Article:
When the technology that’s all around just works, the world works.

Q&A | March 30, 2022

Ensuring Singapore’s future growth

Noted Singaporean economist and finance CEO Manu Bhaskaran shares his outlook on how the city-state will keep flourishing in the years ahead

What does a rise in global volatility and uncertainty mean for Singapore’s place as leading economic power in the Asia-Pacific region? And what does it mean for those looking for new opportunities? Manu Bhaskaran, Centennial Advisors Asia CEO and a leading economist in the country, deciphers the future for Singapore, Southeast Asia, and organisational leadership in the region.


Singapore’s push into ESG investing

We often hear about Singapore ranking very highly on global innovation indices. We’re especially effective in our capacity to attract global research and engineering talent and increase investment. However, when you compare that investment to outcomes, we’re still relatively far down the ranks. Neighbours like Malaysia, Thailand, and Indonesia have launched some very large and influential companies. When I ask myself which new companies in Singapore are similarly influential, I struggle to name one.

There are many causes. Some have to do with the incentives we give to our companies to go up the value chain; others to do with the structure of our corporate sector that is still dominated by multinational companies, which focus on innovation in their home countries. My advice to leaders would be to focus on solving local problems. One example is water. We’ve historically struggled with scarce water resources, and so we ended up inventing NEWater, which is not just innovative but groundbreaking at a global scale. I really believe that encouraging local companies to respond to local needs is what best drives innovation.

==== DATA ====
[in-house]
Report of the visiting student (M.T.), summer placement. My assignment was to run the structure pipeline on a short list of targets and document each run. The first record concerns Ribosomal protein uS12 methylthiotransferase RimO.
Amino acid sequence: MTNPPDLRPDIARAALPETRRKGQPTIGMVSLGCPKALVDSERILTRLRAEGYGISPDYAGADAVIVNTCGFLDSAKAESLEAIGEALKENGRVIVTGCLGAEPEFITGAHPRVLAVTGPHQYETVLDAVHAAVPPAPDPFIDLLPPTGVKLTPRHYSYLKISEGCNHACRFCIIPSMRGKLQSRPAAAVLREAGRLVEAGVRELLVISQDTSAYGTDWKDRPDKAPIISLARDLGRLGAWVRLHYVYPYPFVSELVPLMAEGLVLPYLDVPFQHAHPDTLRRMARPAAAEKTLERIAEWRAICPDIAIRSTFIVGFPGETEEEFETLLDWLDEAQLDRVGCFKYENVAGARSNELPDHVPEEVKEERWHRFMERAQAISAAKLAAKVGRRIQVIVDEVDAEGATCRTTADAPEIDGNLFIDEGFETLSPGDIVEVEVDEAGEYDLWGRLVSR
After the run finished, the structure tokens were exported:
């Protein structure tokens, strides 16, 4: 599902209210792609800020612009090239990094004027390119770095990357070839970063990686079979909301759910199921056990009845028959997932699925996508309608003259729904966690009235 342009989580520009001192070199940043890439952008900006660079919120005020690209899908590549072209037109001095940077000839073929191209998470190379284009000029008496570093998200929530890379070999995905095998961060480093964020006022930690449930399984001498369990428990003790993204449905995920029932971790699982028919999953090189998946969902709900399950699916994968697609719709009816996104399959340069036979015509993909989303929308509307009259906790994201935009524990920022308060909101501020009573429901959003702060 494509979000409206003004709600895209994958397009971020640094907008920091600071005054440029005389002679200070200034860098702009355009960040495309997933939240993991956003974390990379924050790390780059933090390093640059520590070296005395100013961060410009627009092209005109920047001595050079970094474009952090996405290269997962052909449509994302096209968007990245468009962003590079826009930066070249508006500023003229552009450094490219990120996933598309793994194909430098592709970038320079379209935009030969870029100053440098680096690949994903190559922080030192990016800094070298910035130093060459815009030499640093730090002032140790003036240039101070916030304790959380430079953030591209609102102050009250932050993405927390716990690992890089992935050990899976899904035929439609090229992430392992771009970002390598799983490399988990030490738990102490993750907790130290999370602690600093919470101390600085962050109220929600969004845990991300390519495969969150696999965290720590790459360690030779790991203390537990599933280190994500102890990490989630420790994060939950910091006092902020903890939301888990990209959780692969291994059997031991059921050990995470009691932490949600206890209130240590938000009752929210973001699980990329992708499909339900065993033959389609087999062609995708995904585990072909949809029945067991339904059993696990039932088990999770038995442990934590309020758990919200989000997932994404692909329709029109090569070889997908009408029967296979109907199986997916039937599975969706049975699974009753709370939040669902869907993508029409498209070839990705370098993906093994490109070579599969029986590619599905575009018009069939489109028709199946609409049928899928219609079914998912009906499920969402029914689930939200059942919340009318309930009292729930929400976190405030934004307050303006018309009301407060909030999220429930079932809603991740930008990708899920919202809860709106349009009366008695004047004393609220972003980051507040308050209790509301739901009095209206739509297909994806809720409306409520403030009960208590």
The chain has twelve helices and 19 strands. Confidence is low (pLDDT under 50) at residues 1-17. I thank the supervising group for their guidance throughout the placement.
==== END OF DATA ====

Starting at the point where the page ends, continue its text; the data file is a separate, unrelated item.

My advice to leaders would be to focus on solving local problems.

A big one is climate change. This is a tropical country sitting astride the equator, so we are probably going to be big losers from climate change. The question is, how can we make this place livable in the future and attractive to the talent we need from all around the world, at a cost that is acceptable? Are there ways to leverage renewable energy to cool the place? We should try to find out.

Those who take a broader, longer-term view and look at the community as a whole, not just shareholder returns, will do better. We’re already seeing a readjustment so that even in the West, the models are moving away from the economics of Milton Friedman, where companies could do anything as long as it didn’t hurt customers, towards more balanced approaches.

My personal hope is that we can work with Malaysia and Indonesia in particular, to create small-scale integrations. Such as the Iskandar Economic Region, which would leverage and even compete with Singapore in a very complementary fashion so that the combination would do extremely well. The winners in the next phase of world growth will be those countries that remain open, that don’t cut themselves off, that welcome competition–including some uncomfortable competition–so that you get that flow of talent and trade.